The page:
Campbell, which held No. 3 starter Aaron Rund out of the game apparently in hopes for saving him for a potential matchup with the Volunteers, saw its gamble backfire. Tech hammered Campbell for 19 hits, piling up 10 runs on starter Jonathan Beyer in less than four innings, and scored in seven of its nine turns at-bat.
Siegel’s role began in the bottom of the third, when he took over for struggling starter Marquis Grissom Jr. with the Jackets ahead 7-4. There were two on and two out when Siegel took the ball from Grissom, and he was successful in recording the third out with just one pitch.
Against a powerful Campbell lineup, Siegel powered through the final 6 ⅓ innings, throwing 98 pitches. Siegel held the Camels to three hits and kept them scoreless until the ninth inning, far exceeding his previous career highs for innings (three) and pitches (54).
In finishing the game, Siegel enabled Tech to not have to dip into its bullpen ahead of the Sunday night matchup with the Volunteers.
The win was also No. 1,348 in the career of Tech coach Danny Hall, making him the winningest active coach at all NCAA levels.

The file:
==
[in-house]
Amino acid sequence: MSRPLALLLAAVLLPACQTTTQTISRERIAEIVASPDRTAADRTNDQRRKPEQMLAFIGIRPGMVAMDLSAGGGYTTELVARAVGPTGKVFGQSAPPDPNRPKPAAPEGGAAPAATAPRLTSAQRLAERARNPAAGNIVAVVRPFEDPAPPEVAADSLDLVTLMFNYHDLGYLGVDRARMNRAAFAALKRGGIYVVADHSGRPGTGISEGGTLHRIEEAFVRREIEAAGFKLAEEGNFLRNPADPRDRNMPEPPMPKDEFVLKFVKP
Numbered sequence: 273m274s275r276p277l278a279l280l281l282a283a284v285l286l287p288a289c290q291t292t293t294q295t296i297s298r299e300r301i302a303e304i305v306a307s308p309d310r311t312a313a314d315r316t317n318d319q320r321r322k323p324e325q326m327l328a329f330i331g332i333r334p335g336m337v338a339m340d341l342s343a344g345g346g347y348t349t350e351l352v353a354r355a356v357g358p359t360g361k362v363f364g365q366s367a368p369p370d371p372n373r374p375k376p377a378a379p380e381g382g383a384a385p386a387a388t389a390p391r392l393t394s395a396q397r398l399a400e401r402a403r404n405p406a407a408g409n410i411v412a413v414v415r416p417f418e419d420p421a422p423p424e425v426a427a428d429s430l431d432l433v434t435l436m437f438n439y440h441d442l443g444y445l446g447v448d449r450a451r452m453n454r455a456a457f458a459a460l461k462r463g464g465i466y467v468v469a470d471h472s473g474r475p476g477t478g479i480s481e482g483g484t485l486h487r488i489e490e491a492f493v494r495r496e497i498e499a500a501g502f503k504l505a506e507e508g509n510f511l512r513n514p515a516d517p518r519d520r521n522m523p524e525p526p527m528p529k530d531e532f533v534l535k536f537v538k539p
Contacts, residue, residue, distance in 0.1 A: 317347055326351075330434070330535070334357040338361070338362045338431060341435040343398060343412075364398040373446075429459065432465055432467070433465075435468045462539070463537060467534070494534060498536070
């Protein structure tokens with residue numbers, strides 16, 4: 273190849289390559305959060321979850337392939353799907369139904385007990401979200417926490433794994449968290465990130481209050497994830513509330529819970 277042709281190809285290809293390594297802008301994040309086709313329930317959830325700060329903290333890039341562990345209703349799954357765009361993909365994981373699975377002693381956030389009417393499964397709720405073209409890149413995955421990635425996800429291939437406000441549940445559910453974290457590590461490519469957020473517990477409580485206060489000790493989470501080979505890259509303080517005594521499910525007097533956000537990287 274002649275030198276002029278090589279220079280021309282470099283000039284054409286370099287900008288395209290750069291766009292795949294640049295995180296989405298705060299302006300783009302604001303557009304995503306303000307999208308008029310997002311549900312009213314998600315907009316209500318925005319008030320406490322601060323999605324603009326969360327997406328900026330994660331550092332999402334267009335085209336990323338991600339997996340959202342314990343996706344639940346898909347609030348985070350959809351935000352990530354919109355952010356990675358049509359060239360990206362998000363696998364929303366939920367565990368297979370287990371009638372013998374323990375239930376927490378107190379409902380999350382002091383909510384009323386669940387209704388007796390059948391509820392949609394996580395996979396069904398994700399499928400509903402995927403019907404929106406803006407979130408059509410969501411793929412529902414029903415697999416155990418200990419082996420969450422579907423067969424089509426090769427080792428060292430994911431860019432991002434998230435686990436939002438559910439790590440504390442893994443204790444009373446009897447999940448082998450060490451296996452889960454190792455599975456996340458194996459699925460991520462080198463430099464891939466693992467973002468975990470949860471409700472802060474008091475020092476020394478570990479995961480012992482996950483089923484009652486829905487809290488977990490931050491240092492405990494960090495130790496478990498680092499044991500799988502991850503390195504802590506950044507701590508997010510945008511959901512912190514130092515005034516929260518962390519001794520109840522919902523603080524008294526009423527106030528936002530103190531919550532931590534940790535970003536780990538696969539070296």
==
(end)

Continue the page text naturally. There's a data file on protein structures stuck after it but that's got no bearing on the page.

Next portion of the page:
Simpson was the game’s dominant force. He singled sharply in the first, went to third when a pickoff throw to first was errant and then scored on an Andrew Jenkins sacrifice fly.
In the top of the second, Simpson pulled a single to right, stole second, advanced to third on a throwing error and scored on a ground-rule double by Kevin Parada.
In the top of the fourth, he slapped a double down the third-base line, moved to third on a Parada groundout and scored on another Jenkins sacrifice fly.
In the top of the fifth, he laid down a bunt and reached first without even drawing a throw, stole second and scored on a single by Parada. As a team, Tech stole seven bases, its most in a game since at least 2002.
In the bottom of the fifth, Simpson added the defensive play of the game, diving to his right at second base to smother a hard-hit ground ball and initiate a 4-6-3 double play with shortstop Jadyn Jackson.
Simpson, a St. Pius graduate, came to bat in the top of the eighth with a chance to tie the school record for hits in a game but was finally retired, flying out to left.